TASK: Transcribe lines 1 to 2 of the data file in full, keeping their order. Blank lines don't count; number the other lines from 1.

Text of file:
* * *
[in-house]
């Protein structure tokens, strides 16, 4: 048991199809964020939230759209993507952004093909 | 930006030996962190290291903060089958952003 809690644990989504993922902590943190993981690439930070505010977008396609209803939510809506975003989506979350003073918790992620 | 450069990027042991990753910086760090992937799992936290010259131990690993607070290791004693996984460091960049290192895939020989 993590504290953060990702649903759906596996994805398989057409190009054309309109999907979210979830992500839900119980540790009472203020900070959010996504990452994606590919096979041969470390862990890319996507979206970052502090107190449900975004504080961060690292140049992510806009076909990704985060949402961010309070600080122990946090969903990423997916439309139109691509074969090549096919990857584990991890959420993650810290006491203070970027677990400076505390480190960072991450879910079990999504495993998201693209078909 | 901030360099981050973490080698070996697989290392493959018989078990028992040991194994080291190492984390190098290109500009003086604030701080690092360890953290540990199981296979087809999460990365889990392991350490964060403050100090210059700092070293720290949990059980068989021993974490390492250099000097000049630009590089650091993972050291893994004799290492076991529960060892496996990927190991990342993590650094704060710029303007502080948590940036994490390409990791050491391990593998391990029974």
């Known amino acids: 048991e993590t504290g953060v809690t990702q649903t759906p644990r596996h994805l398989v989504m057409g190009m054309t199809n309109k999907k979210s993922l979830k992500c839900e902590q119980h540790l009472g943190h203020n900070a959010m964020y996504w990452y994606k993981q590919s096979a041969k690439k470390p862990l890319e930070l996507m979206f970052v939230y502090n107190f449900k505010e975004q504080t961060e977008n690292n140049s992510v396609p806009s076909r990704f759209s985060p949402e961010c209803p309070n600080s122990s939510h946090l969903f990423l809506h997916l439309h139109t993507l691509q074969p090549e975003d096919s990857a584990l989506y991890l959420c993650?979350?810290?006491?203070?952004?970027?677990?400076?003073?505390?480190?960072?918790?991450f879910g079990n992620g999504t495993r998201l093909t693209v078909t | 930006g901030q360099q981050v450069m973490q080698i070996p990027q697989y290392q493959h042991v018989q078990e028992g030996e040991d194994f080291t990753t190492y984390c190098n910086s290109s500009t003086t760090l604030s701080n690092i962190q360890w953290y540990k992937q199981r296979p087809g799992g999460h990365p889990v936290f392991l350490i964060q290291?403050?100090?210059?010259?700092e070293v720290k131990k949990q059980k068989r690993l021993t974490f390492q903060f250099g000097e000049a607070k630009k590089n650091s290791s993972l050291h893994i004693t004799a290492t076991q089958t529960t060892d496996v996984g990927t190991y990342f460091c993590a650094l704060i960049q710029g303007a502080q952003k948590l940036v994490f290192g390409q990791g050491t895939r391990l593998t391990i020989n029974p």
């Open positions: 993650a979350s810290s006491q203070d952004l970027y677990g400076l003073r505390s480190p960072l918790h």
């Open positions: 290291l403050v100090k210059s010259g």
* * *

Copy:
[in-house]
């Protein structure tokens, strides 16, 4: 048991199809964020939230759209993507952004093909 | 930006030996962190290291903060089958952003 809690644990989504993922902590943190993981690439930070505010977008396609209803939510809506975003989506979350003073918790992620 | 450069990027042991990753910086760090992937799992936290010259131990690993607070290791004693996984460091960049290192895939020989 993590504290953060990702649903759906596996994805398989057409190009054309309109999907979210979830992500839900119980540790009472203020900070959010996504990452994606590919096979041969470390862990890319996507979206970052502090107190449900975004504080961060690292140049992510806009076909990704985060949402961010309070600080122990946090969903990423997916439309139109691509074969090549096919990857584990991890959420993650810290006491203070970027677990400076505390480190960072991450879910079990999504495993998201693209078909 | 901030360099981050973490080698070996697989290392493959018989078990028992040991194994080291190492984390190098290109500009003086604030701080690092360890953290540990199981296979087809999460990365889990392991350490964060403050100090210059700092070293720290949990059980068989021993974490390492250099000097000049630009590089650091993972050291893994004799290492076991529960060892496996990927190991990342993590650094704060710029303007502080948590940036994490390409990791050491391990593998391990029974």